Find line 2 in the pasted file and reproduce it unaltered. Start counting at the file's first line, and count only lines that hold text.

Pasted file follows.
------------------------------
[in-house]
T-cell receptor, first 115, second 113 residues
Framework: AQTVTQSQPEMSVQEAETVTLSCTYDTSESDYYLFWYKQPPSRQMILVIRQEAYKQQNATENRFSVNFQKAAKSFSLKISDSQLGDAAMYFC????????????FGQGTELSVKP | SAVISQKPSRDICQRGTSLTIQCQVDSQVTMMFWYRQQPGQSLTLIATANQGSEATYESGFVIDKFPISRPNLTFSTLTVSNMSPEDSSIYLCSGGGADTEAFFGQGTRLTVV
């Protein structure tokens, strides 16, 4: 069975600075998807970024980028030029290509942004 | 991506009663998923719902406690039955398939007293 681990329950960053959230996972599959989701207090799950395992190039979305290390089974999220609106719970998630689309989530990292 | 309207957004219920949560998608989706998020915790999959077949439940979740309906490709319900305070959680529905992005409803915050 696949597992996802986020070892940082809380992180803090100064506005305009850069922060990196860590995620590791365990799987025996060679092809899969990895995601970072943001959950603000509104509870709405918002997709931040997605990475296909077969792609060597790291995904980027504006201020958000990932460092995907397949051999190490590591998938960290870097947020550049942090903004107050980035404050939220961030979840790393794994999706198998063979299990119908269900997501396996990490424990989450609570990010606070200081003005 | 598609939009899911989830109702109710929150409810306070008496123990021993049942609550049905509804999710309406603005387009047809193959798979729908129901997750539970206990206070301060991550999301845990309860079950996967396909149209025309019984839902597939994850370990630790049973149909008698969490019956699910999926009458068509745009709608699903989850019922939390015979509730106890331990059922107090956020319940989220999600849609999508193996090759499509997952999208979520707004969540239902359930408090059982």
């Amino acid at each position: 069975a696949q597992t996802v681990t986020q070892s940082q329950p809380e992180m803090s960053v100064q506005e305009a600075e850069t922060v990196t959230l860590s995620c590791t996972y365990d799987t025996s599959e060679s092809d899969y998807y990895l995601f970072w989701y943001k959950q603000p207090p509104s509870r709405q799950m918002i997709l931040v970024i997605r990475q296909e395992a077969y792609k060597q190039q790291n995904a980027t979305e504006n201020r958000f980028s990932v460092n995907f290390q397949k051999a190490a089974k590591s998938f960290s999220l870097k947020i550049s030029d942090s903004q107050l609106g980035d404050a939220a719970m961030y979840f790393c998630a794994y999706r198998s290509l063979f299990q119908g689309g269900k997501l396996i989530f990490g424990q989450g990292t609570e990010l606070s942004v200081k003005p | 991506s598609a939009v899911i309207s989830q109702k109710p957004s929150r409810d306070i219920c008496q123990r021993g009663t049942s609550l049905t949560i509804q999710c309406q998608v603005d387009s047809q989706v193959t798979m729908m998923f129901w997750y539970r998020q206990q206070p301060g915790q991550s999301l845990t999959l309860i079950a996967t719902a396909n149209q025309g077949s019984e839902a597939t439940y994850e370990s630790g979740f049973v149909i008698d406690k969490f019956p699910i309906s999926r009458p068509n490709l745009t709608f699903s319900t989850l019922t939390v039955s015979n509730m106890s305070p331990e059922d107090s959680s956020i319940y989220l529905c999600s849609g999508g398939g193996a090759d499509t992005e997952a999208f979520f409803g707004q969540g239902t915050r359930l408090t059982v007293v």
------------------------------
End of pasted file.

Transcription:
T-cell receptor, first 115, second 113 residues